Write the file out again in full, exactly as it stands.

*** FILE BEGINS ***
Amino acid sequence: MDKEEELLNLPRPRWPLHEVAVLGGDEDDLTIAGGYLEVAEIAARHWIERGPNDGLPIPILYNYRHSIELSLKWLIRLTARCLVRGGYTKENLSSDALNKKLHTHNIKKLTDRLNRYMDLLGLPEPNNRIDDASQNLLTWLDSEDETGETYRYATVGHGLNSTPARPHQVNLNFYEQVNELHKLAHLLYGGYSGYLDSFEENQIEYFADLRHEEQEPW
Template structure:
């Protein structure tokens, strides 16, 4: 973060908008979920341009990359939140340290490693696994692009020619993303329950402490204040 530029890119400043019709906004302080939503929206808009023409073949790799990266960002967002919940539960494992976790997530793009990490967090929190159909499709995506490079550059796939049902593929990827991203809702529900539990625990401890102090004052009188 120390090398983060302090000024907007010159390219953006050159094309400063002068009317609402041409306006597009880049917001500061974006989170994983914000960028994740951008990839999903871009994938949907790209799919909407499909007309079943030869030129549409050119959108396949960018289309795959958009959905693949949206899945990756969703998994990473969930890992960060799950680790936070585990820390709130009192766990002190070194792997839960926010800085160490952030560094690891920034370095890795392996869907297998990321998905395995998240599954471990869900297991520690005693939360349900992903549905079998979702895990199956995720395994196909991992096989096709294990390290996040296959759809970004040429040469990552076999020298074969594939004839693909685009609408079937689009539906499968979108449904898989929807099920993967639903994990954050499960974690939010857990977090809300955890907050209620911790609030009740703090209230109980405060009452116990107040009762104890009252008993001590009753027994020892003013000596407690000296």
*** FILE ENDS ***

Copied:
Amino acid sequence: MDKEEELLNLPRPRWPLHEVAVLGGDEDDLTIAGGYLEVAEIAARHWIERGPNDGLPIPILYNYRHSIELSLKWLIRLTARCLVRGGYTKENLSSDALNKKLHTHNIKKLTDRLNRYMDLLGLPEPNNRIDDASQNLLTWLDSEDETGETYRYATVGHGLNSTPARPHQVNLNFYEQVNELHKLAHLLYGGYSGYLDSFEENQIEYFADLRHEEQEPW
Template structure:
């Protein structure tokens, strides 16, 4: 973060908008979920341009990359939140340290490693696994692009020619993303329950402490204040 530029890119400043019709906004302080939503929206808009023409073949790799990266960002967002919940539960494992976790997530793009990490967090929190159909499709995506490079550059796939049902593929990827991203809702529900539990625990401890102090004052009188 120390090398983060302090000024907007010159390219953006050159094309400063002068009317609402041409306006597009880049917001500061974006989170994983914000960028994740951008990839999903871009994938949907790209799919909407499909007309079943030869030129549409050119959108396949960018289309795959958009959905693949949206899945990756969703998994990473969930890992960060799950680790936070585990820390709130009192766990002190070194792997839960926010800085160490952030560094690891920034370095890795392996869907297998990321998905395995998240599954471990869900297991520690005693939360349900992903549905079998979702895990199956995720395994196909991992096989096709294990390290996040296959759809970004040429040469990552076999020298074969594939004839693909685009609408079937689009539906499968979108449904898989929807099920993967639903994990954050499960974690939010857990977090809300955890907050209620911790609030009740703090209230109980405060009452116990107040009762104890009252008993001590009753027994020892003013000596407690000296």